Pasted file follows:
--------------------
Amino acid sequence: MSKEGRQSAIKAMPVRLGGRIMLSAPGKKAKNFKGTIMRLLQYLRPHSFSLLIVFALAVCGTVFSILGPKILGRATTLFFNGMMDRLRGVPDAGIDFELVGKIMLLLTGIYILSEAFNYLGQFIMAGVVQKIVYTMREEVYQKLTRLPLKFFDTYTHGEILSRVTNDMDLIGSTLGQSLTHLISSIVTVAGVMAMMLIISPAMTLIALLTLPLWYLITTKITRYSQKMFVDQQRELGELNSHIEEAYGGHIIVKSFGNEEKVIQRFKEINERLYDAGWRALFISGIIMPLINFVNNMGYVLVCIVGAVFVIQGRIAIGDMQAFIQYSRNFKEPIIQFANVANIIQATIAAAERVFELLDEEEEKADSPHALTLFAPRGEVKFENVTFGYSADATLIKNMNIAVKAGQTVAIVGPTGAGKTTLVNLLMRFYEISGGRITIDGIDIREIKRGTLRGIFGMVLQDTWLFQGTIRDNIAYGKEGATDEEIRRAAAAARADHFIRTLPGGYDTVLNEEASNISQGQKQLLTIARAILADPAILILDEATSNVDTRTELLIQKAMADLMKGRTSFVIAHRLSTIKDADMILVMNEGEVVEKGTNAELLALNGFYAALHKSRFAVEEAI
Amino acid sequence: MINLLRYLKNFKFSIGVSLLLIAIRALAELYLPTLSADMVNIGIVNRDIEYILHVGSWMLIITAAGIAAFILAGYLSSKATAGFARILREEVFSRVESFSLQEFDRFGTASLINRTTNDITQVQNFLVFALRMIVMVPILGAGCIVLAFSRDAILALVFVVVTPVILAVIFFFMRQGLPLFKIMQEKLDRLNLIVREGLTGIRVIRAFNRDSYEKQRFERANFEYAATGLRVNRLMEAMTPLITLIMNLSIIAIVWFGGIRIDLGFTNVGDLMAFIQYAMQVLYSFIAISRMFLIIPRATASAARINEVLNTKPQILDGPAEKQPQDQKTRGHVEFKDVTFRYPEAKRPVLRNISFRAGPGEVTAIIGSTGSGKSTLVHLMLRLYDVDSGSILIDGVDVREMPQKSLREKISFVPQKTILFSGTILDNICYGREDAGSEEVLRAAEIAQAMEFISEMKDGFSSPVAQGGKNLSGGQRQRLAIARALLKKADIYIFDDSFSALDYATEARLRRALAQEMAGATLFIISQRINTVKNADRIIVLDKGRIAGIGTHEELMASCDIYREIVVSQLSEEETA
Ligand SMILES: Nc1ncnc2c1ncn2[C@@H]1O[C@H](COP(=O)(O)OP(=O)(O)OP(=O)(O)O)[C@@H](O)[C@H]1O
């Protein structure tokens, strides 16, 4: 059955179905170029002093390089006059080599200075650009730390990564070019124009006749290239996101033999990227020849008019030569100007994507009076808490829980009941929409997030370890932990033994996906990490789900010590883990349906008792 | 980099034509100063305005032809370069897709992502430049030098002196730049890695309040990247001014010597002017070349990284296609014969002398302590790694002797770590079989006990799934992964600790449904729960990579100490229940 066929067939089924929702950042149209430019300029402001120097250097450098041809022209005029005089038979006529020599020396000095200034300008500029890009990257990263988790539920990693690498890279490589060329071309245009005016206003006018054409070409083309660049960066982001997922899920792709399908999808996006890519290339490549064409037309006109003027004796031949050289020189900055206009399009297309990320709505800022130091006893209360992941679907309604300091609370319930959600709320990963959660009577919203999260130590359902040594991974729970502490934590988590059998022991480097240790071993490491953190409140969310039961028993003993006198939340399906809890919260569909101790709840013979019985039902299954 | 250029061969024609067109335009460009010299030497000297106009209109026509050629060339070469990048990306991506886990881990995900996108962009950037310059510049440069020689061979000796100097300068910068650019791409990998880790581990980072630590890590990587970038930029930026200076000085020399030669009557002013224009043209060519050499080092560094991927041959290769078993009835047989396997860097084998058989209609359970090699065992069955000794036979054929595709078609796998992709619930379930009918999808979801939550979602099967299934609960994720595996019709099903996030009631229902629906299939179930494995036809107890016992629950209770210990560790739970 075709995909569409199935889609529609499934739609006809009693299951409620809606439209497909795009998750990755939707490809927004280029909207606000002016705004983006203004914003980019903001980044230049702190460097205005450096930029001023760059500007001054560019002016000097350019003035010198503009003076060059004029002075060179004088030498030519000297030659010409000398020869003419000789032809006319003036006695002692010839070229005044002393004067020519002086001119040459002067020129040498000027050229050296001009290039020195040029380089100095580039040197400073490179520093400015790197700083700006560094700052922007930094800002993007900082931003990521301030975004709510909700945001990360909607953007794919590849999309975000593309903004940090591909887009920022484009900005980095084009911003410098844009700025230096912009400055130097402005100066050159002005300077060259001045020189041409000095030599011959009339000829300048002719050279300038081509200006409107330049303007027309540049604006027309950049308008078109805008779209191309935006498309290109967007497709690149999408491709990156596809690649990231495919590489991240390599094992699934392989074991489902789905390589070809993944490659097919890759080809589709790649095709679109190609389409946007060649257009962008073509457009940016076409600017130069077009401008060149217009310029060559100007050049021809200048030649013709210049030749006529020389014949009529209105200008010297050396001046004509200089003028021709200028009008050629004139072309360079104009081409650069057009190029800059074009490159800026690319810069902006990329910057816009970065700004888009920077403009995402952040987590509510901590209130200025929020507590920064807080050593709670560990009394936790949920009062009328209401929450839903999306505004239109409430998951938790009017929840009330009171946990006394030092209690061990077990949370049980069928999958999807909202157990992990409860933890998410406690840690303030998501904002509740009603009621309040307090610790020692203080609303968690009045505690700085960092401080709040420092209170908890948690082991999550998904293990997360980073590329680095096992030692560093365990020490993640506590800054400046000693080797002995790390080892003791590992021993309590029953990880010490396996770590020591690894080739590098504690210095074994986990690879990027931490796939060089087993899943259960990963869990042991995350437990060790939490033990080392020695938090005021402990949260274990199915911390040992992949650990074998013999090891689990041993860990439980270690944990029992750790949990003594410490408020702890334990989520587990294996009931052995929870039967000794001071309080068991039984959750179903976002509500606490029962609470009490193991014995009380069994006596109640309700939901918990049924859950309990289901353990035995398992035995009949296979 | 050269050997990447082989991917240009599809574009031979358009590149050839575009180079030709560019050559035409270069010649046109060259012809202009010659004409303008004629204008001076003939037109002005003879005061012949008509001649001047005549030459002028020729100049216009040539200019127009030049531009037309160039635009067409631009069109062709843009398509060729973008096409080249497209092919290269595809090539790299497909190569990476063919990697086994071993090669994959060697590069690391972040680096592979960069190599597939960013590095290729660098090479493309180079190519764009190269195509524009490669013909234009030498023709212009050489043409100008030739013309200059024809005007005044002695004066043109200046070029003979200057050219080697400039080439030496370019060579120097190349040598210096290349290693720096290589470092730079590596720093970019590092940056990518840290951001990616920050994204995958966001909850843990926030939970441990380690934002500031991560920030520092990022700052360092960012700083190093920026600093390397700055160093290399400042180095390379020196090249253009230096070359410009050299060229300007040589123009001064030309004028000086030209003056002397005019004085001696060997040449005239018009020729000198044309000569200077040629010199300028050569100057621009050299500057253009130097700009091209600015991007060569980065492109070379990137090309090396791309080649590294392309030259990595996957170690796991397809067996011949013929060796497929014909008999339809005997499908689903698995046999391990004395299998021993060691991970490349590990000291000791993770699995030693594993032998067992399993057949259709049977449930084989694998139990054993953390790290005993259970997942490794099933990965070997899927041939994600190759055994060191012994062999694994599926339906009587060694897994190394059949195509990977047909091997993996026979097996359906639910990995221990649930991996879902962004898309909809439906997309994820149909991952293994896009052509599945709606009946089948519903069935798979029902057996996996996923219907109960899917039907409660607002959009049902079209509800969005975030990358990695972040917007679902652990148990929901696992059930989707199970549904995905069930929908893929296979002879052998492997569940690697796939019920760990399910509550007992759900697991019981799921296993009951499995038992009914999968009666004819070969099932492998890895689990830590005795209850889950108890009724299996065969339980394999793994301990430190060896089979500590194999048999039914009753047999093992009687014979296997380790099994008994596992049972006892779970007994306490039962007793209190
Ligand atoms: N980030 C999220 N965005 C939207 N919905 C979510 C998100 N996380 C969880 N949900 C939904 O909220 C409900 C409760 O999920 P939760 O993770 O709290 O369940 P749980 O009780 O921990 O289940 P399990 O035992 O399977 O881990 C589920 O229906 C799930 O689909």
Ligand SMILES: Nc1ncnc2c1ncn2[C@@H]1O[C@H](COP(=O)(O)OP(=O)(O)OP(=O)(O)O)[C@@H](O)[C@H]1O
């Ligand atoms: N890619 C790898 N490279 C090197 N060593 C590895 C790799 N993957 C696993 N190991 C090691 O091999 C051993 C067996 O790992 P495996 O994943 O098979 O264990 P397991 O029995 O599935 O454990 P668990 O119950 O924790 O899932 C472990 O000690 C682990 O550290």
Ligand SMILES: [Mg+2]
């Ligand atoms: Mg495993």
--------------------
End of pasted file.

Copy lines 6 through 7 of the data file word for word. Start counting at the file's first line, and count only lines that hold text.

Ligand SMILES: Nc1ncnc2c1ncn2[C@@H]1O[C@H](COP(=O)(O)OP(=O)(O)OP(=O)(O)O)[C@@H](O)[C@H]1O
């Ligand atoms: N890619 C790898 N490279 C090197 N060593 C590895 C790799 N993957 C696993 N190991 C090691 O091999 C051993 C067996 O790992 P495996 O994943 O098979 O264990 P397991 O029995 O599935 O454990 P668990 O119950 O924790 O899932 C472990 O000690 C682990 O550290």